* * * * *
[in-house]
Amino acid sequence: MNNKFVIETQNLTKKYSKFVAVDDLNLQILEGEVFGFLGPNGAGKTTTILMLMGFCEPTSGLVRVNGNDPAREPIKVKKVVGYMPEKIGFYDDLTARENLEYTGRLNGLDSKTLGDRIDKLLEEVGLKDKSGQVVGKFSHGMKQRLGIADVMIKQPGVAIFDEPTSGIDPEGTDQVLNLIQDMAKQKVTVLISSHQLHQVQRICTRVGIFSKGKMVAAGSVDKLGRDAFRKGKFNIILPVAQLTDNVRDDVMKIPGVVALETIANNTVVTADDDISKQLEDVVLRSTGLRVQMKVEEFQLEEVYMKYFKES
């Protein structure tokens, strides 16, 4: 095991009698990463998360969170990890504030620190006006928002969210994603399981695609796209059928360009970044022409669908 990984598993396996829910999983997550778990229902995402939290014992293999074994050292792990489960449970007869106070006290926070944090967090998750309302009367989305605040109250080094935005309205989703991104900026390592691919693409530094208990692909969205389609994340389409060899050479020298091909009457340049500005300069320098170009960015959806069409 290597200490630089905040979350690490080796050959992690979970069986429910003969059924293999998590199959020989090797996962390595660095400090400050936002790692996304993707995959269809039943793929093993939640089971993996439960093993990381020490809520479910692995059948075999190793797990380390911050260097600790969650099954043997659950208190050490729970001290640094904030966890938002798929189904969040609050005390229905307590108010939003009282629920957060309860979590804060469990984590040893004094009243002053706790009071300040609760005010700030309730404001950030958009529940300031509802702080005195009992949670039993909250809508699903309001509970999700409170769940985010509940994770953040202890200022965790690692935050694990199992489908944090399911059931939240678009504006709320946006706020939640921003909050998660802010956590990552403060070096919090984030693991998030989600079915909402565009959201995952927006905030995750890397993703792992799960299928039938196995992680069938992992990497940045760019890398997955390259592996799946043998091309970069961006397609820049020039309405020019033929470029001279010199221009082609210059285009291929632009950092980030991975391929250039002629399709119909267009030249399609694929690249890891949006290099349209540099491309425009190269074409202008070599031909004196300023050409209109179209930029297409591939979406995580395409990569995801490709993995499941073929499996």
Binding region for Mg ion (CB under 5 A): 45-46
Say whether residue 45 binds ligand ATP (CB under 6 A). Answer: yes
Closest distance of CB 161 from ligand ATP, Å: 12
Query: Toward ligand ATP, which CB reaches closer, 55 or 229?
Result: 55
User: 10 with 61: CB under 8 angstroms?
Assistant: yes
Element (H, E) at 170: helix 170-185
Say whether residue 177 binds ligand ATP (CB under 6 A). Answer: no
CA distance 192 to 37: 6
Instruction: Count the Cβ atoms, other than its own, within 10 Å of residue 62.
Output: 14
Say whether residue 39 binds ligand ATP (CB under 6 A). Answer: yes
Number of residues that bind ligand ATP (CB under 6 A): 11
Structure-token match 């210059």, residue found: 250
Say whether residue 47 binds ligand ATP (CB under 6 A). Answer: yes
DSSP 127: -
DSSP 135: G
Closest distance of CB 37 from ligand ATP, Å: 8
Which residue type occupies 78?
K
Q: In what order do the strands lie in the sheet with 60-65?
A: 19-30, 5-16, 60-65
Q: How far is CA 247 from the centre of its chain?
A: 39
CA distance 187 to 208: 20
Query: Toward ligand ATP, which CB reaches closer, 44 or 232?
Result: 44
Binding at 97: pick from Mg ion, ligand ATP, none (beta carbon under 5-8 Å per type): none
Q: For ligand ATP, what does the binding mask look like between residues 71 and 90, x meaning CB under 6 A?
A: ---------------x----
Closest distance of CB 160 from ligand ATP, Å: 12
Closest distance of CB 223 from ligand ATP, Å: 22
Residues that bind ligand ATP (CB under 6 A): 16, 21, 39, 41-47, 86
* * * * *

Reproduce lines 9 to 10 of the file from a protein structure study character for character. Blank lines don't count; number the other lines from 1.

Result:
User: 10 with 61: CB under 8 angstroms?
Assistant: yes